Interprofessional faculty teams co-teach throughout the term, starting with a two-week intro about the basics of teamwork and collaboration. Students then move into what I call the “round-robin,” physically rotating into a different building every two weeks — the medical school, the nursing school and so on.
There’s a lot of moving parts, but that was intentional: to get students into the physical spaces where their peers spend countless hours.
How do you evaluate student progress?
Sweet: We don’t have exams. It’s not knowledge-based. They have pre-work before each class to provide context for whatever the topic is, then there’s an in-class assignment they complete as a team.
Each round has different themes. We might ask how you manage pain in someone with a substance-use disorder during the pharmacy segment. A medical case could involve handoff of care. In the social work rotation, we may examine the cultural influences on decision-making.
Students spend two hours each week working through a case, and then the faculty will do a debrief to pull it apart. We don’t want the class to be about coming up with the right answer; it’s about working together to develop a care plan.
Why is it important to foster cross-disciplinary teamwork?
Sweet: Many of our students are used to working on teams — but typically with people who are just like them. While the pharmacy curriculum is largely team-based learning, for example, you don’t get the diversity of thought on how different disciplines approach patient care.
Here, everyone is being taught to listen to each other instead of relying on a hierarchical framework. This is what we want them to realize: It doesn’t matter if you’re the one wearing a white coat or not; everyone on this team has something to contribute. Your patient will benefit if you allow everyone to contribute.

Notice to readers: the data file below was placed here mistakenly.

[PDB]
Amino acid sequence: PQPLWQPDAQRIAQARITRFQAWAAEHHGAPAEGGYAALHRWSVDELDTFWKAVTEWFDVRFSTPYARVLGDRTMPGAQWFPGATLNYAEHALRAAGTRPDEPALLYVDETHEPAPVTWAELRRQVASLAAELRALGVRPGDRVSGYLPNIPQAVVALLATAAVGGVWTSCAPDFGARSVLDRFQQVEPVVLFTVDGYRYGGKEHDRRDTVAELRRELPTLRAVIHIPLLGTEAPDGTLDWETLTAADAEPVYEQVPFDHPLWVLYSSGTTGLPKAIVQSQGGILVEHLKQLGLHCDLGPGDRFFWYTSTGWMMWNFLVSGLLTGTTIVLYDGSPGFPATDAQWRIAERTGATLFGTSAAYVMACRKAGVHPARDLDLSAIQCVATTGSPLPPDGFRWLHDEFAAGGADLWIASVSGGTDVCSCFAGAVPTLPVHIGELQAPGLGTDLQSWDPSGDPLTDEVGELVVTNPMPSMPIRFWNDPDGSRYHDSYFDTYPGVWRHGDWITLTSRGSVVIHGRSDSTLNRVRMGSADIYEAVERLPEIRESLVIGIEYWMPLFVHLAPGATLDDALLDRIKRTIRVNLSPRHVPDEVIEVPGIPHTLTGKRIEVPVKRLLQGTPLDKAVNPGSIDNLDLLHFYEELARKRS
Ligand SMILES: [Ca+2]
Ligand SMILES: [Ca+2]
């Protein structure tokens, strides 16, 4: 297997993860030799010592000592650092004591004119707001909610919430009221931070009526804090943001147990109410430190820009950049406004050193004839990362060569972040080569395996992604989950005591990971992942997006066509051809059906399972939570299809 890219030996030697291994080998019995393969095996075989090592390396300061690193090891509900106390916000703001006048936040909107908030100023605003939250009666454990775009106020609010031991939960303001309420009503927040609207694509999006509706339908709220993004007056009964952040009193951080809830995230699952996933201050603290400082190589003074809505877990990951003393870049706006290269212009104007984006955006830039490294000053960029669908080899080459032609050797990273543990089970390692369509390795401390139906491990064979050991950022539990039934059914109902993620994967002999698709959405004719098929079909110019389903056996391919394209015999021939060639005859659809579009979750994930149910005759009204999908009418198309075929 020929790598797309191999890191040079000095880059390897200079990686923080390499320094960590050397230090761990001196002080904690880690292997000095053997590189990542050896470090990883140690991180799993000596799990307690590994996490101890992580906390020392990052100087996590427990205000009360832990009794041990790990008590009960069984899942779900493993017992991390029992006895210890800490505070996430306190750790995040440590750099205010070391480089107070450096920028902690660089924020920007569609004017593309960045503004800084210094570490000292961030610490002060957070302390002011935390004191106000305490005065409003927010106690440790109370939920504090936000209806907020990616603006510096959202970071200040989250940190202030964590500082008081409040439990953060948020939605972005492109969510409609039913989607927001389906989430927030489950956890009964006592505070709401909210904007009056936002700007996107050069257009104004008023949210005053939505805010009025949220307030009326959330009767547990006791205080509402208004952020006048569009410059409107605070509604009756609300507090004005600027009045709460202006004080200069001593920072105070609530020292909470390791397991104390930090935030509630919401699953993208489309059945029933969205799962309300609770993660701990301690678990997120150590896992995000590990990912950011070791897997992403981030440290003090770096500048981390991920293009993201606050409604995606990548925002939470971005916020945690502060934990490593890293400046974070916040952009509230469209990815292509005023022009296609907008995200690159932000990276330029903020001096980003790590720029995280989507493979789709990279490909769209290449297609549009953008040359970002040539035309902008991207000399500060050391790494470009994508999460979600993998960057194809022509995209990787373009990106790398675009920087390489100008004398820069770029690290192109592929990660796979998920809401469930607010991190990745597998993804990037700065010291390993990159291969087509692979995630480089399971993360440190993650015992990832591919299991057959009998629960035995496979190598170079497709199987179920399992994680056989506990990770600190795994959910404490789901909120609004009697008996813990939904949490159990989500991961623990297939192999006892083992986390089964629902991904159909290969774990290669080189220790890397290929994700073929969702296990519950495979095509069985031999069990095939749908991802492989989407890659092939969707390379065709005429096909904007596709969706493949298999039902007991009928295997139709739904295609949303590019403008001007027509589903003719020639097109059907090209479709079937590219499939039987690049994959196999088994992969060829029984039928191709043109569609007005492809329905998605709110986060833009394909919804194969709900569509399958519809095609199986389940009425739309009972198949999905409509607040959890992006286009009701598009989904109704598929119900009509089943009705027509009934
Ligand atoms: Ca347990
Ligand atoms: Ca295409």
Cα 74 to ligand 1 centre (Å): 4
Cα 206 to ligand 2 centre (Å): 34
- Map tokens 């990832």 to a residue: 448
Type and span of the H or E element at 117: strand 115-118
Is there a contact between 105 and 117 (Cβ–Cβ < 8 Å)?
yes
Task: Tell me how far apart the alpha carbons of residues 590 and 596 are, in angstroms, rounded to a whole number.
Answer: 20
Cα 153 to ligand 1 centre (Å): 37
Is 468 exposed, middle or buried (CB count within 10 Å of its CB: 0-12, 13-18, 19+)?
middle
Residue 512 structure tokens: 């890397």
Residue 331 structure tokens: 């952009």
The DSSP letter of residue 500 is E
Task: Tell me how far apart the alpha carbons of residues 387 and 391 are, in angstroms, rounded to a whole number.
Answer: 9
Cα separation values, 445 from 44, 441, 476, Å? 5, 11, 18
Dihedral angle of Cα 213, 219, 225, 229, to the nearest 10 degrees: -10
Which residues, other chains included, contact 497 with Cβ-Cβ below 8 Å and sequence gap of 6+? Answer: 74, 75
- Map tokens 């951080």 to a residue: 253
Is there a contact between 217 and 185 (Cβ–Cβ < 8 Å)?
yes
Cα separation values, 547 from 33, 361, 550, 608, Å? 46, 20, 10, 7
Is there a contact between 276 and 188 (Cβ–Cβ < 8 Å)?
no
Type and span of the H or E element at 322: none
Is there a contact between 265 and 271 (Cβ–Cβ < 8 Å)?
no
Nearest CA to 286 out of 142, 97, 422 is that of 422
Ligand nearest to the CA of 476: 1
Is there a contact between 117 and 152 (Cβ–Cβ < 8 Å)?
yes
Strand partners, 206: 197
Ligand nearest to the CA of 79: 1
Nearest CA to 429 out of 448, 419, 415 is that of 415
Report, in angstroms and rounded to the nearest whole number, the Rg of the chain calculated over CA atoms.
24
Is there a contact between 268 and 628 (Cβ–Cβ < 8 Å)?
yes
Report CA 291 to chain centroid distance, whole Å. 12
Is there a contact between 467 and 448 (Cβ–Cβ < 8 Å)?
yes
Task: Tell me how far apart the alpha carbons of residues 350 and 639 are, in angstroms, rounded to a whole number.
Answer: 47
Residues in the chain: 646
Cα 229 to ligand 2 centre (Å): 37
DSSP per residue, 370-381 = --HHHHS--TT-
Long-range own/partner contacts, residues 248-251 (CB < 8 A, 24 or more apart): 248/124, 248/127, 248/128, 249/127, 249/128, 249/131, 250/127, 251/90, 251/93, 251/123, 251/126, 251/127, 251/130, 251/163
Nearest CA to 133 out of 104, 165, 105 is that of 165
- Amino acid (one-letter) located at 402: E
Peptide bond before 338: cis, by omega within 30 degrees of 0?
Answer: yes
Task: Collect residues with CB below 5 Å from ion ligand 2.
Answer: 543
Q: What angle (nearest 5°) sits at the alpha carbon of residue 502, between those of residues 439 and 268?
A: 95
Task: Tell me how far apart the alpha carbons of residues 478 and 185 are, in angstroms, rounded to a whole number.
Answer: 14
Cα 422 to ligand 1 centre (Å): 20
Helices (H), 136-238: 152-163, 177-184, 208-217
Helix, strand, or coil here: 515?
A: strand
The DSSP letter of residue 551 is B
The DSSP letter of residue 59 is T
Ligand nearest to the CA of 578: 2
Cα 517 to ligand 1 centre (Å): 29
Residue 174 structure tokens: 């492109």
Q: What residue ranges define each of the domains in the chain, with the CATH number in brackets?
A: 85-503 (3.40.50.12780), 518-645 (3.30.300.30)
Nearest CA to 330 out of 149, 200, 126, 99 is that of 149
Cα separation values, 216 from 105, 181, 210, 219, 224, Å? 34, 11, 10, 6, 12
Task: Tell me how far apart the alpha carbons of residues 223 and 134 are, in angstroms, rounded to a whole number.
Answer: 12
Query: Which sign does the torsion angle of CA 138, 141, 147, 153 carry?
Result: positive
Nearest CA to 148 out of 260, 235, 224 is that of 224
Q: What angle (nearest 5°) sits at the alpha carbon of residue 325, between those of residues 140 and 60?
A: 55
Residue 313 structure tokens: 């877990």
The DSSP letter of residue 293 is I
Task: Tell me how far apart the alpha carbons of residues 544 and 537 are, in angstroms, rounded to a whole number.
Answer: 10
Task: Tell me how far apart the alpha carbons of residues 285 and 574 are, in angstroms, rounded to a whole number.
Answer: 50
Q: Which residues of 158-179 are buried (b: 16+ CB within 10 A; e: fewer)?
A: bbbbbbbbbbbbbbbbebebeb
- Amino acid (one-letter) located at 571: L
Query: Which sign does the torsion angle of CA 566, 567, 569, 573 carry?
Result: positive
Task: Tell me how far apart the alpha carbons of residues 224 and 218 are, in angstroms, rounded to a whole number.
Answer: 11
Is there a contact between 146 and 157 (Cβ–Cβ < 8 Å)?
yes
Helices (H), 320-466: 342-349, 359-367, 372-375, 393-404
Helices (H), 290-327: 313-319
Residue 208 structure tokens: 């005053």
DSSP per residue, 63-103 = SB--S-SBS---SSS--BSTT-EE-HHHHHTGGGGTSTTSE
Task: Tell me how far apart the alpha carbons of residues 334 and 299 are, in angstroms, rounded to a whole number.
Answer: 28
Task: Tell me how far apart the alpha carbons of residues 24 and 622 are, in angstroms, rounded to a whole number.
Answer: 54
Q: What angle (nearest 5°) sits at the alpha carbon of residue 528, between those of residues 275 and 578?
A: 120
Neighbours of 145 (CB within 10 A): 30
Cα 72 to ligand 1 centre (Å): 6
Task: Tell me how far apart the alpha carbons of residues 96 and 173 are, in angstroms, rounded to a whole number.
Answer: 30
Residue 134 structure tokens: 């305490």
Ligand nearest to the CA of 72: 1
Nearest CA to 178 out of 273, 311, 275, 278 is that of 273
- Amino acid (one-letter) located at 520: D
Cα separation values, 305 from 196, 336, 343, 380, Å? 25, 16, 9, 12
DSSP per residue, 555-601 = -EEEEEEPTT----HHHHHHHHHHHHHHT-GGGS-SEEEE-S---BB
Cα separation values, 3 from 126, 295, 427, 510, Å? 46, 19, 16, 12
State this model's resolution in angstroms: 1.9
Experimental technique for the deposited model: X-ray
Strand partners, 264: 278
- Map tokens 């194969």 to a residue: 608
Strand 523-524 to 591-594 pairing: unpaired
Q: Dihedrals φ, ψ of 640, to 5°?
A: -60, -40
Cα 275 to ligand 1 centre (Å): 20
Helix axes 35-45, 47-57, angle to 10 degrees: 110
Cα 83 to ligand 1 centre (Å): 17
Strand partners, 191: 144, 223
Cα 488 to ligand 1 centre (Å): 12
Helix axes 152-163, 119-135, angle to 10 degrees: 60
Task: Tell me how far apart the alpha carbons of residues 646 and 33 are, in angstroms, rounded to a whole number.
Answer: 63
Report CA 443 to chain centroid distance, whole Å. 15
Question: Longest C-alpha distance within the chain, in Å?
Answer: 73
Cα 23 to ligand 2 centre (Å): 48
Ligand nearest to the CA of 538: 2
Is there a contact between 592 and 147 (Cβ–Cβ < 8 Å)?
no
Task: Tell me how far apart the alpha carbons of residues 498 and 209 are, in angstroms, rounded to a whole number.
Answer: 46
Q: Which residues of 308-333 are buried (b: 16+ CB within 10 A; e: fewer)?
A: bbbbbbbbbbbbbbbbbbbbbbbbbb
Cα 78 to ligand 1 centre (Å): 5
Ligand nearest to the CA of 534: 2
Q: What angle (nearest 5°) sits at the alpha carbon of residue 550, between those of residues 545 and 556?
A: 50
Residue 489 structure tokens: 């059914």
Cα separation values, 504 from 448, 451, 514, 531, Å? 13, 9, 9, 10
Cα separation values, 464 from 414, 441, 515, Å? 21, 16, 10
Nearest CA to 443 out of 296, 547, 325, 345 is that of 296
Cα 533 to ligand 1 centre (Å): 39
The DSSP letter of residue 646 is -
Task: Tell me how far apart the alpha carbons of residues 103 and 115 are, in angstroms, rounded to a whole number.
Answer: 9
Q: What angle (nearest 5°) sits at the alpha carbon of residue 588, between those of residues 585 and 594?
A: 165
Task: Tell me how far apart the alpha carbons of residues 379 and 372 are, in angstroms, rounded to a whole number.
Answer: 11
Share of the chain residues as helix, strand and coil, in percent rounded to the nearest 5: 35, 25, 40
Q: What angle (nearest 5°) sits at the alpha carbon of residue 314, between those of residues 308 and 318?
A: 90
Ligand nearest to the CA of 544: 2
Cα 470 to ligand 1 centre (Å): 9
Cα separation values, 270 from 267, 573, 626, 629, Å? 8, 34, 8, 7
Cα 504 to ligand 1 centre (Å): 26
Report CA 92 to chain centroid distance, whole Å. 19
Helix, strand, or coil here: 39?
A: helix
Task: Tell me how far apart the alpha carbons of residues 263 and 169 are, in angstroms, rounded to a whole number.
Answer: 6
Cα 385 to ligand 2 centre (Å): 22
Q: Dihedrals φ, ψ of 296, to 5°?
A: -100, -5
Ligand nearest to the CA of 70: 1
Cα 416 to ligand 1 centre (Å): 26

The other thing we like them to comprehend are the potential gaps or overlaps in care, the times when we all think someone else is doing something and, in fact, nobody does it.
What’s it like to see students from different fields join forces?
Sweet: That, to me, is one of the most rewarding parts. Because it’s all team-based work, the class is really loud. It’s fun to see that energy.
For pharmacy students, this is their last didactic semester before they enter a year of clinical rotations, so they’re learning how to be the voice of their professions. You might have been able to be quiet in a classroom exercise with five pharmacy students — here, if you’re the only voice representing pharmacy and you’re quiet, that element isn’t being addressed in the patient’s care.
They also are making connections and getting rid of mysteries like, “What does a social worker do?” By the end of the course, they’re saying, “Wow, I don’t know how I’m going to do my job without a social worker.”
What do you want participants to gain from the class?
Sweet: At the beginning of the semester, students need to identify a personal goal and what they want to teach their teammates about their discipline. We have them think about how they behave and how their team is working. In one of their final assignments, we ask them to reflect on their own growth.
One student in the advanced practice nursing program wrote: “This class made me more comfortable with teamwork and sharpened my ability to share my own knowledge.” I think building that confidence is a huge gain.